How can I bind arguments to a Python method to store a nullary functor for later invocation? Similar to C++'s boost::bind.

For example:

def add(x, y):
    return x + y

add_5 = magic_function(add, 5)
assert add_5(3) == 8
up vote 69 down vote accepted

functools.partial returns a callable wrapping a function with some or all of the arguments frozen.

import sys
import functools

print_hello = functools.partial(sys.stdout.write, "Hello world\n")

print_hello()
Hello world

The above usage is equivalent to the following lambda.

print_hello = lambda *a, **kw: sys.stdout.write("Hello world\n", *a, **kw)
  • for python2.6 at least you can use from future import print_function – Xavier Combelle Nov 19 '11 at 19:06

I'm not overly familiar with boost::bind, but the partial function from functools may be a good start:

>>> from functools import partial

>>> def f(a, b):
...     return a+b

>>> p = partial(f, 1, 2)
>>> p()
3

>>> p2 = partial(f, 1)
>>> p2(7)
8
  • 3
    this is a better example than the accepted answer, because it shows partial binding. – AShelly Apr 25 '14 at 14:24

If functools.partial is not available then it can be easily emulated:

>>> make_printer = lambda s: lambda: sys.stdout.write("%s\n" % s)
>>> import sys
>>> print_hello = make_printer("hello")
>>> print_hello()
hello

Or

def partial(func, *args, **kwargs):
    def f(*args_rest, **kwargs_rest):
        kw = kwargs.copy()
        kw.update(kwargs_rest)
        return func(*(args + args_rest), **kw) 
    return f

def f(a, b):
    return a + b

p = partial(f, 1, 2)
print p() # -> 3

p2 = partial(f, 1)
print p2(7) # -> 8

d = dict(a=2, b=3)
p3 = partial(f, **d)
print p3(), p3(a=3), p3() # -> 5 6 5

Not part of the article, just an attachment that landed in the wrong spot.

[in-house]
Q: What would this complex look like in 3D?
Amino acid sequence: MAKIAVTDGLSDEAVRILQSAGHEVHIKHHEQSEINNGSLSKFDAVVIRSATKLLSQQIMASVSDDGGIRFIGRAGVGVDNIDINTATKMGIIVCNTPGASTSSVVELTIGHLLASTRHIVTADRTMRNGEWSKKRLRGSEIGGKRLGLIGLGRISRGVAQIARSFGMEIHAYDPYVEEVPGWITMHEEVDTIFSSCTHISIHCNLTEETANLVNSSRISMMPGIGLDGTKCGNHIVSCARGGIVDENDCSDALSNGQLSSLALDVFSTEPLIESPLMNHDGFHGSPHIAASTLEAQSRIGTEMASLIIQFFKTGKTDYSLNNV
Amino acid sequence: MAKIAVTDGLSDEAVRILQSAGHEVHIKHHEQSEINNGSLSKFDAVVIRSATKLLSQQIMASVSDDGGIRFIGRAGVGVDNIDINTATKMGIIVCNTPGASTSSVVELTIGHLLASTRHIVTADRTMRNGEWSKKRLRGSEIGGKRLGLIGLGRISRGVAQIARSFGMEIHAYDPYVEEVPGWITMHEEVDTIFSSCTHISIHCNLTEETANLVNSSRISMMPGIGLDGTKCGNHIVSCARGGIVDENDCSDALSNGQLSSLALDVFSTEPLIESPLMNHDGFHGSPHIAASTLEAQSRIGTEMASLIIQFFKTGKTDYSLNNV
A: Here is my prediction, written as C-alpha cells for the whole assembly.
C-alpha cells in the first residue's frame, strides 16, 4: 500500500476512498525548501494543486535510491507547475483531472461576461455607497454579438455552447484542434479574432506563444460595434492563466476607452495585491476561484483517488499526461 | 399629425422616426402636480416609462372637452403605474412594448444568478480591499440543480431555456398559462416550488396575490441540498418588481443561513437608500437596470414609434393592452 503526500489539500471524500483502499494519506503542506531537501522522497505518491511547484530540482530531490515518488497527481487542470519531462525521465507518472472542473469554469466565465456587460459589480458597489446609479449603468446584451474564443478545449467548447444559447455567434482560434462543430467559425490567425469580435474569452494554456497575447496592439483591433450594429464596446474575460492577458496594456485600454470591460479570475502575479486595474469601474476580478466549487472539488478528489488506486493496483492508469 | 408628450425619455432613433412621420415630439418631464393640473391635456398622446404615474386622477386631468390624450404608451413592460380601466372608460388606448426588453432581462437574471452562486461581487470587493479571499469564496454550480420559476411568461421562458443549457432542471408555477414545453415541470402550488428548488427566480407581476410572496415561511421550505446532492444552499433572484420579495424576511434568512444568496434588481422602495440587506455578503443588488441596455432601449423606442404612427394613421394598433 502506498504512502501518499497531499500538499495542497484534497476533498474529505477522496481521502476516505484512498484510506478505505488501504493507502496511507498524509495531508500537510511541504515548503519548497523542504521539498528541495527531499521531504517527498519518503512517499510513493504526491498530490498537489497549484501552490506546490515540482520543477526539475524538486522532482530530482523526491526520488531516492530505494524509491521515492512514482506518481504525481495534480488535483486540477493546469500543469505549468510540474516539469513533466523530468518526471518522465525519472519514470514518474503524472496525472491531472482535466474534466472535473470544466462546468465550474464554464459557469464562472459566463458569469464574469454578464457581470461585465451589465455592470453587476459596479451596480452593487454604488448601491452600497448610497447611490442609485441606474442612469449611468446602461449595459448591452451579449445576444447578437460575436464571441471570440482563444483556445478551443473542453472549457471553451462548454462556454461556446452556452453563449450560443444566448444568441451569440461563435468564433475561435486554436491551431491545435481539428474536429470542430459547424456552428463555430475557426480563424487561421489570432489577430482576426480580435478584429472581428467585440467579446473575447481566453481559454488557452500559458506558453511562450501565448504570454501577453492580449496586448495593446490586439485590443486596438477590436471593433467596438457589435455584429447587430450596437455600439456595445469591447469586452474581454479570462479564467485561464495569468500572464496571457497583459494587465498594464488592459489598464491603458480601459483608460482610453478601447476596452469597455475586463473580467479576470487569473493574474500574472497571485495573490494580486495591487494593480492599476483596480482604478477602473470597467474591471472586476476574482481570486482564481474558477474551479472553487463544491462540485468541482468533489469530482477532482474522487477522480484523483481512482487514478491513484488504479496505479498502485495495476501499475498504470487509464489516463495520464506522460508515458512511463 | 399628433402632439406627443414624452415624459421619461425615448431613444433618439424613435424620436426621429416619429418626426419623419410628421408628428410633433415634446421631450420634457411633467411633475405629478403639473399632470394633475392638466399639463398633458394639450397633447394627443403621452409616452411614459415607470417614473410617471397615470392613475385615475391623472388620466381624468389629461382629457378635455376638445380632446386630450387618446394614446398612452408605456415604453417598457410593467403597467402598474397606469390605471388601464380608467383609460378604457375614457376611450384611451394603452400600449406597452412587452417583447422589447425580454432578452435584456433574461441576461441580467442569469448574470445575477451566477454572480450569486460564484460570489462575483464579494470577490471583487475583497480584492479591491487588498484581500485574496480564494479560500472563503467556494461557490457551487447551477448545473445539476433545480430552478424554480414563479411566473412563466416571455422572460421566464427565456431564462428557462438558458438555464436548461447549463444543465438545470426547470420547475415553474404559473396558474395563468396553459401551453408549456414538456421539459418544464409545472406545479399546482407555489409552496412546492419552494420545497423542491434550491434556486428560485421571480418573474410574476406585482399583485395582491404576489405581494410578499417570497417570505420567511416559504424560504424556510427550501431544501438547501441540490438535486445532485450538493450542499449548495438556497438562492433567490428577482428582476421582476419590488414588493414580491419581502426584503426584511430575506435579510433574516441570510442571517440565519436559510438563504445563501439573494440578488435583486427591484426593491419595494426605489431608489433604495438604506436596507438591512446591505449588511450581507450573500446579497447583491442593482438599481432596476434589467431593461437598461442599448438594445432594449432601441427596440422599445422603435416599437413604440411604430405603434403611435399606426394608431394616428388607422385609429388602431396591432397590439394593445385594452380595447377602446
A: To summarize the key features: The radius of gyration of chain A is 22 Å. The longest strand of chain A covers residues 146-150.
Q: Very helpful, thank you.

lambdas allow you to create a new unnamed function with less arguments and call the function!

>>> def foobar(x,y,z):
...     print "%d, %d, %d" % (x,y,z)
>>> foobar(1,2,3) # call normal function

>>> bind = lambda x: foobar(x, 10, 20) # bind 10 and 20 to foobar
>>> bind(1) # print 1, 10, 20

>>> bind = lambda: foobar(1,2,3) # bind all elements  
>>> bind()  # print 1, 2, 3

edit

https://docs.python.org/2/library/functools.html#functools.partial

if you are planning to use named argument binding in the function call this is also applicable:

>>> from functools import partial
>>> barfoo = partial(foobar, x=10)
>>> barfoo(y=5,z=6)
21

Note though that

>>> barfoo(5,6) 
Traceback (most recent call last):
File "<stdin>", line 1, in <module>
TypeError: foobar() got multiple values for keyword argument 'x'
>>> f = partial(foobar, z=20)
>>> f(1,1)
22        
  • 1
    This should be the accepted answer. It's the Pythonic way to bind arguments to callables – thehouse Feb 13 '15 at 22:41

This would work, too:

def curry(func, *args):
    def curried(*innerargs):
       return func(*(args+innerargs))
    curried.__name__ = "%s(%s, ...)" % (func.__name__, ", ".join(map(str, args)))
    return curried

>>> w=curry(sys.stdout.write, "Hey there")
>>> w()
Hey there

Functors can be defined this way in Python. They're callable objects. The "binding" merely sets argument values.

class SomeFunctor( object ):
    def __init__( self, arg1, arg2=None ):
        self.arg1= arg1
        self.arg2= arg2
    def __call___( self, arg1=None, arg2=None ):
        a1= arg1 or self.arg1
        a2= arg2 or self.arg2
        # do something
        return

You can do things like

x= SomeFunctor( 3.456 )
x( arg2=123 )

y= SomeFunctor( 3.456, 123 )
y()
  • interesting pattern, lots of boilerplate for trivial functions though. – Dustin Getz Nov 10 '08 at 15:02
  • You can cut it down to something considerably simpler, depending on your actual use cases. The original question provides no guidance on how the binding occurs. Without specifics, there are too many bases to cover. – S.Lott Nov 10 '08 at 15:11

Your Answer

 

By clicking "Post Your Answer", you acknowledge that you have read our updated terms of service, privacy policy and cookie policy, and that your continued use of the website is subject to these policies.

Not the answer you're looking for? Browse other questions tagged or ask your own question.